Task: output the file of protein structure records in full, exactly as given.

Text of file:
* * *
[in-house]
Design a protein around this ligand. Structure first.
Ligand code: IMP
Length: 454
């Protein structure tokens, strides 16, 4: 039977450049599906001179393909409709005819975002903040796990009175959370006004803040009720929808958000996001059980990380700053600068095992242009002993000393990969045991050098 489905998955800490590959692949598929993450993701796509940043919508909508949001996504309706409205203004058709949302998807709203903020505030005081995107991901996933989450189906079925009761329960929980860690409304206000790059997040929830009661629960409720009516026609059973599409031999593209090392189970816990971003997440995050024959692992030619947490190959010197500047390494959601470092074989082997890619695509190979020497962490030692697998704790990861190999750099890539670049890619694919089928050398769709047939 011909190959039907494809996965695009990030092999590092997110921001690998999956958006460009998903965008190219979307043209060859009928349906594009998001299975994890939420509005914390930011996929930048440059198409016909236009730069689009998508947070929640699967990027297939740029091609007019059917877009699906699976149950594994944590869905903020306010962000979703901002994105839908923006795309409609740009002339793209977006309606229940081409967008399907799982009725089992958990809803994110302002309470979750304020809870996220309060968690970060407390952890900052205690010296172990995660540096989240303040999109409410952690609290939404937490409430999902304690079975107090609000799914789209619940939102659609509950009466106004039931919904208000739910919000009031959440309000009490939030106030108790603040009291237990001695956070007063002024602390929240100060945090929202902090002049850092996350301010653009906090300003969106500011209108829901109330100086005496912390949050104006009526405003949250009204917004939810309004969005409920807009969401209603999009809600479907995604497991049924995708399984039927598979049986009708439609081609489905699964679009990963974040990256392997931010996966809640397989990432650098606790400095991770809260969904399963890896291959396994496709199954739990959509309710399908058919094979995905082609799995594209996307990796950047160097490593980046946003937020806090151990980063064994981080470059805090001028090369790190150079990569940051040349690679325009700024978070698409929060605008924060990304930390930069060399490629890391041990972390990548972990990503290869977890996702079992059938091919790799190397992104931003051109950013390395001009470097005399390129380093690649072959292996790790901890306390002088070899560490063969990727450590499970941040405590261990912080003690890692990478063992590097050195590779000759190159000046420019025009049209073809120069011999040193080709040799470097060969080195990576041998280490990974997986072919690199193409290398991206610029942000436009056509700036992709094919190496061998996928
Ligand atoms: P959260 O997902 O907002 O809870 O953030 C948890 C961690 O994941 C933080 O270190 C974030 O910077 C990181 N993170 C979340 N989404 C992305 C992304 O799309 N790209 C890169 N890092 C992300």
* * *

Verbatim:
[in-house]
Design a protein around this ligand. Structure first.
Ligand code: IMP
Length: 454
């Protein structure tokens, strides 16, 4: 039977450049599906001179393909409709005819975002903040796990009175959370006004803040009720929808958000996001059980990380700053600068095992242009002993000393990969045991050098 489905998955800490590959692949598929993450993701796509940043919508909508949001996504309706409205203004058709949302998807709203903020505030005081995107991901996933989450189906079925009761329960929980860690409304206000790059997040929830009661629960409720009516026609059973599409031999593209090392189970816990971003997440995050024959692992030619947490190959010197500047390494959601470092074989082997890619695509190979020497962490030692697998704790990861190999750099890539670049890619694919089928050398769709047939 011909190959039907494809996965695009990030092999590092997110921001690998999956958006460009998903965008190219979307043209060859009928349906594009998001299975994890939420509005914390930011996929930048440059198409016909236009730069689009998508947070929640699967990027297939740029091609007019059917877009699906699976149950594994944590869905903020306010962000979703901002994105839908923006795309409609740009002339793209977006309606229940081409967008399907799982009725089992958990809803994110302002309470979750304020809870996220309060968690970060407390952890900052205690010296172990995660540096989240303040999109409410952690609290939404937490409430999902304690079975107090609000799914789209619940939102659609509950009466106004039931919904208000739910919000009031959440309000009490939030106030108790603040009291237990001695956070007063002024602390929240100060945090929202902090002049850092996350301010653009906090300003969106500011209108829901109330100086005496912390949050104006009526405003949250009204917004939810309004969005409920807009969401209603999009809600479907995604497991049924995708399984039927598979049986009708439609081609489905699964679009990963974040990256392997931010996966809640397989990432650098606790400095991770809260969904399963890896291959396994496709199954739990959509309710399908058919094979995905082609799995594209996307990796950047160097490593980046946003937020806090151990980063064994981080470059805090001028090369790190150079990569940051040349690679325009700024978070698409929060605008924060990304930390930069060399490629890391041990972390990548972990990503290869977890996702079992059938091919790799190397992104931003051109950013390395001009470097005399390129380093690649072959292996790790901890306390002088070899560490063969990727450590499970941040405590261990912080003690890692990478063992590097050195590779000759190159000046420019025009049209073809120069011999040193080709040799470097060969080195990576041998280490990974997986072919690199193409290398991206610029942000436009056509700036992709094919190496061998996928
Ligand atoms: P959260 O997902 O907002 O809870 O953030 C948890 C961690 O994941 C933080 O270190 C974030 O910077 C990181 N993170 C979340 N989404 C992305 C992304 O799309 N790209 C890169 N890092 C992300």